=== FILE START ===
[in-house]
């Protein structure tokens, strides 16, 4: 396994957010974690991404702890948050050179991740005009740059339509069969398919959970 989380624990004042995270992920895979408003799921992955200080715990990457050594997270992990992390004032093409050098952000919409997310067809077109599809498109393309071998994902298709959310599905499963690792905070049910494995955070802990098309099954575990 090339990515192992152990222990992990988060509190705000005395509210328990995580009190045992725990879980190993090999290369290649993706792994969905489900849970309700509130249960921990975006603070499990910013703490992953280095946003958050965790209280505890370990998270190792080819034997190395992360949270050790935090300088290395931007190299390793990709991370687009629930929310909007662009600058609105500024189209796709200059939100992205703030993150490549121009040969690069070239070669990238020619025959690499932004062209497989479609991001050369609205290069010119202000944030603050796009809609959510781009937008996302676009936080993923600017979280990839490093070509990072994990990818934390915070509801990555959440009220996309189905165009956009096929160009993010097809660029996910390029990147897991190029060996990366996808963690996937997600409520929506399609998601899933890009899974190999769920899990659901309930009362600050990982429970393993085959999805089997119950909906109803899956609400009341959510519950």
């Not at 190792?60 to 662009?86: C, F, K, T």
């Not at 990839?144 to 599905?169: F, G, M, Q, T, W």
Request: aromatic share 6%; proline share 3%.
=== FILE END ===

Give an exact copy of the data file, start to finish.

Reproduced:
[in-house]
């Protein structure tokens, strides 16, 4: 396994957010974690991404702890948050050179991740005009740059339509069969398919959970 989380624990004042995270992920895979408003799921992955200080715990990457050594997270992990992390004032093409050098952000919409997310067809077109599809498109393309071998994902298709959310599905499963690792905070049910494995955070802990098309099954575990 090339990515192992152990222990992990988060509190705000005395509210328990995580009190045992725990879980190993090999290369290649993706792994969905489900849970309700509130249960921990975006603070499990910013703490992953280095946003958050965790209280505890370990998270190792080819034997190395992360949270050790935090300088290395931007190299390793990709991370687009629930929310909007662009600058609105500024189209796709200059939100992205703030993150490549121009040969690069070239070669990238020619025959690499932004062209497989479609991001050369609205290069010119202000944030603050796009809609959510781009937008996302676009936080993923600017979280990839490093070509990072994990990818934390915070509801990555959440009220996309189905165009956009096929160009993010097809660029996910390029990147897991190029060996990366996808963690996937997600409520929506399609998601899933890009899974190999769920899990659901309930009362600050990982429970393993085959999805089997119950909906109803899956609400009341959510519950």
């Not at 190792?60 to 662009?86: C, F, K, T």
């Not at 990839?144 to 599905?169: F, G, M, Q, T, W």
Request: aromatic share 6%; proline share 3%.